Next, you can hire a professional cleaning agency. Pros – it’s easy, safety is not an issue as they know what they are doing, and technical expertise will help get rid of the problem for an extended period of time, if not permanently. Cons – of course, it is more expensive than doing it yourself and if you don’t check up on how they clean, it is possible that you are being charged for more, or the cleaning is being done with chemicals which will later harm other parts of the house and garden.
Lastly (and yes, we will tell you everything you need to know on how to do it!) you can choose to clean it yourself. Depending on how handy you are with basic tools, cleaning supplies and a little manual labor, DIY roof cleaning is really that extensive of a task, and it can easily be tackled on a free Sunday morning.
Not humid and yet not too hot and sunny, pick the right day to climb up and scrub your roof clean. Humidity or a slight drizzle can make the roof slippery and unmanageable, simultaneously washing off the cleaning agent before it can work its magic. On the other hand, a hot and sunny afternoon can make the solution dry too fast, again not allowing it to act.
If you haven’t done it before, you should know that walking around on a sloped shingled surface can be an art in itself. Before you worry about the right cleaning agent and scrub to use, make sure you have a sturdy ladder and preferably someone to keep watch, non-slip boots with a good grip and maybe even knee pads.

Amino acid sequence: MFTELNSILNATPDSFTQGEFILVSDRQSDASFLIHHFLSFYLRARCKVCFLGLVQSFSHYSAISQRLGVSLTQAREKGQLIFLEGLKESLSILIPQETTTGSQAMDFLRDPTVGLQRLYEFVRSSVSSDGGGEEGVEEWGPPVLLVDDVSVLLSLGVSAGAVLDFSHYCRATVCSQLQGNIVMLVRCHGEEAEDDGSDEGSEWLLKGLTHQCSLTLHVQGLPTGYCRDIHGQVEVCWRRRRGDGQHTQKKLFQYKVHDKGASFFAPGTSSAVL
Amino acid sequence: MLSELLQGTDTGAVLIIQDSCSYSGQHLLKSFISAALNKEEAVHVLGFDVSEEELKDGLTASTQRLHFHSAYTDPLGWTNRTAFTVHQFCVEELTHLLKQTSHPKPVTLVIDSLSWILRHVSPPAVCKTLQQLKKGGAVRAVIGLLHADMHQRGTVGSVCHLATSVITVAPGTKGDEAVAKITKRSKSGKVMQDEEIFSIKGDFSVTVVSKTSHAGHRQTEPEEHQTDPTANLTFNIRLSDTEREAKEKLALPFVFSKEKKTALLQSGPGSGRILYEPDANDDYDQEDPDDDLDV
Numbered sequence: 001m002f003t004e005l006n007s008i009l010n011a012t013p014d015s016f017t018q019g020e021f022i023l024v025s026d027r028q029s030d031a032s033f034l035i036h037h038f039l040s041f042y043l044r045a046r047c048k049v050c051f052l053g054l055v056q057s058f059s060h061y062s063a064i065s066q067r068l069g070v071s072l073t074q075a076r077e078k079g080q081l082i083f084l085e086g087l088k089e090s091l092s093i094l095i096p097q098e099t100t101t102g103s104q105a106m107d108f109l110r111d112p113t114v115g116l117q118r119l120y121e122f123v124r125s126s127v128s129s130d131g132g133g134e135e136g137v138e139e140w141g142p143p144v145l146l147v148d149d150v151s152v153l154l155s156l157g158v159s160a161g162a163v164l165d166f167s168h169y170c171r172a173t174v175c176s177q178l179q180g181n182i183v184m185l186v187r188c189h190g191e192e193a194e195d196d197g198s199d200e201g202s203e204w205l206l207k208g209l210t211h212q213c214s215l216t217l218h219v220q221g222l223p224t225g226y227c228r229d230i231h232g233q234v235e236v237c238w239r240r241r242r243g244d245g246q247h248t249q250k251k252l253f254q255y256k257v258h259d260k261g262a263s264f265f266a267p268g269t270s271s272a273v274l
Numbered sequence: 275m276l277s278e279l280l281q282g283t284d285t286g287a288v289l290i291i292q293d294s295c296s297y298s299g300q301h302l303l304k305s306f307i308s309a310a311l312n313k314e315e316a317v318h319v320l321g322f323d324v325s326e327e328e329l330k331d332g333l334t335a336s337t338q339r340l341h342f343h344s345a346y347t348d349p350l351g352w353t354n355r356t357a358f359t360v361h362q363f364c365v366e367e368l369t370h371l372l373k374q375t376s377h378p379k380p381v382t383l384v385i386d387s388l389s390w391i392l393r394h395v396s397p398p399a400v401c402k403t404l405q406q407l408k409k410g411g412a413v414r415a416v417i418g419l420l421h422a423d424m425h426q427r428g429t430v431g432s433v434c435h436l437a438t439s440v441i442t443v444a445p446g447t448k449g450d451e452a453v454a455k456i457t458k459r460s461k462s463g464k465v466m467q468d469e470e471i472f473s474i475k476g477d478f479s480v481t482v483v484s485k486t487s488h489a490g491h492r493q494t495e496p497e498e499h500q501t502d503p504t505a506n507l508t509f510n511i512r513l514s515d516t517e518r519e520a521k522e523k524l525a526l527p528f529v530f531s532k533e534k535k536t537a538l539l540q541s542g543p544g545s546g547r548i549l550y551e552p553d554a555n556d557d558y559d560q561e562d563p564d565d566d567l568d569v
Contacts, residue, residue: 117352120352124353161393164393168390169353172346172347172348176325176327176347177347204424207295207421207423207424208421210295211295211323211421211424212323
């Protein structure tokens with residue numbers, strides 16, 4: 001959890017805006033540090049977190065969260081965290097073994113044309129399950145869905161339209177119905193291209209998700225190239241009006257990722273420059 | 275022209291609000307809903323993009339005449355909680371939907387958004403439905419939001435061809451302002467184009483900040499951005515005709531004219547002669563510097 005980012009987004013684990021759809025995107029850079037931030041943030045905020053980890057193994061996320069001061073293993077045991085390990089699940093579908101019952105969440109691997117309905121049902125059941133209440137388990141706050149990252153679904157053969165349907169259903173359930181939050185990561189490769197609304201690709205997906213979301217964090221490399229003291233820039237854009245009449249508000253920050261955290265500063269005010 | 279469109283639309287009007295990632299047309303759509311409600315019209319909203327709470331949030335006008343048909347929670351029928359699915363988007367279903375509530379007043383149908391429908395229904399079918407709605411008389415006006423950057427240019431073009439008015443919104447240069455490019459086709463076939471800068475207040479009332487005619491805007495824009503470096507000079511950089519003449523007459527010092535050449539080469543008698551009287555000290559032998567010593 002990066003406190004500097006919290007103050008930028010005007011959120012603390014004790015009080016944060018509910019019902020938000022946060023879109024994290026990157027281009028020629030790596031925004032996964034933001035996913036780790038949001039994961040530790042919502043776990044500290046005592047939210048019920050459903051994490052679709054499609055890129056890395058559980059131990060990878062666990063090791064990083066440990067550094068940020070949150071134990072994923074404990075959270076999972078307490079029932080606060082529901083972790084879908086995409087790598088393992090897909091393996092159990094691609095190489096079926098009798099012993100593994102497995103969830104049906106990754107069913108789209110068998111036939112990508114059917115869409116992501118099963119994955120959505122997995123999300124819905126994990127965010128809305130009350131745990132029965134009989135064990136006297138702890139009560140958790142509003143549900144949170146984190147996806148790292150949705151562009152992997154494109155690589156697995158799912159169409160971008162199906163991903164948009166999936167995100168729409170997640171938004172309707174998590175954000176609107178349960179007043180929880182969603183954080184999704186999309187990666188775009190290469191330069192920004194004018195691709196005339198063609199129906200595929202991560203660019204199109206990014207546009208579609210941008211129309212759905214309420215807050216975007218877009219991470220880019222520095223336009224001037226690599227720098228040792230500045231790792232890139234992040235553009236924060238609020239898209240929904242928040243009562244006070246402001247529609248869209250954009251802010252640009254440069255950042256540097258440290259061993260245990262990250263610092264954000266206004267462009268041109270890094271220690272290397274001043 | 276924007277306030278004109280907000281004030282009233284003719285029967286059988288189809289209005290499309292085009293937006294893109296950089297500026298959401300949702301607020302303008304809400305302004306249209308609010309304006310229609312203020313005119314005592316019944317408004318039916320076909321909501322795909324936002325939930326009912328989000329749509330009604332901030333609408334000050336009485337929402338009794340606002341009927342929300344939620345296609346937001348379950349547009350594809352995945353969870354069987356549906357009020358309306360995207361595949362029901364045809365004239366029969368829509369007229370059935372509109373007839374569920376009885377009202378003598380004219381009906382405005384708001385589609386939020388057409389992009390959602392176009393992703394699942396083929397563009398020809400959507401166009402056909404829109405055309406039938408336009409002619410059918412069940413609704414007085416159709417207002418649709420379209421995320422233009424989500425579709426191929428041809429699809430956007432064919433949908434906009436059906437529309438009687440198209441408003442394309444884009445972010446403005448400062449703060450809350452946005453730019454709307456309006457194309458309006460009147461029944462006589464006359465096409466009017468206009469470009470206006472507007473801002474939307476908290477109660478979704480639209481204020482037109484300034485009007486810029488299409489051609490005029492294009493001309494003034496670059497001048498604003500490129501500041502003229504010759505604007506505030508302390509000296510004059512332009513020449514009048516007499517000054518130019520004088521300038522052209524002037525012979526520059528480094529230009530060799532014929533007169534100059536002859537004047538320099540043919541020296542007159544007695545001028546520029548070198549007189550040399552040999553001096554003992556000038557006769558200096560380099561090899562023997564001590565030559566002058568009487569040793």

Cover up to save yourself from unnecessary scrapes, cuts and insect bites, especially since the chances of rusted metal nails and clasps are rather high.
Use a simple broom to clean off the leaves and large debris that has collected on the flat areas and in the drainage points of the roof, letting you get a better look at what’s underneath. Don’t try using a rake or any sharp implement as that can damage the shingles, and make sure to sweep in the same direction that the shingles are laid, so as to make sure you don’t land up raising them in the process.
Next, get on work-gloves and clear off the drains, running water through them if necessary.
This will require a little bit of research, a knowledge of what material your roof is made of and filled in with, and what is causing the damage.
Not wanting to do this every few weeks and have the product at least last a year, it is a good idea to invest in a product that handles algae, moss, weather wear and tear, and damage because of the elements. Additionally, you can choose to coat your shingles or use zinc strips.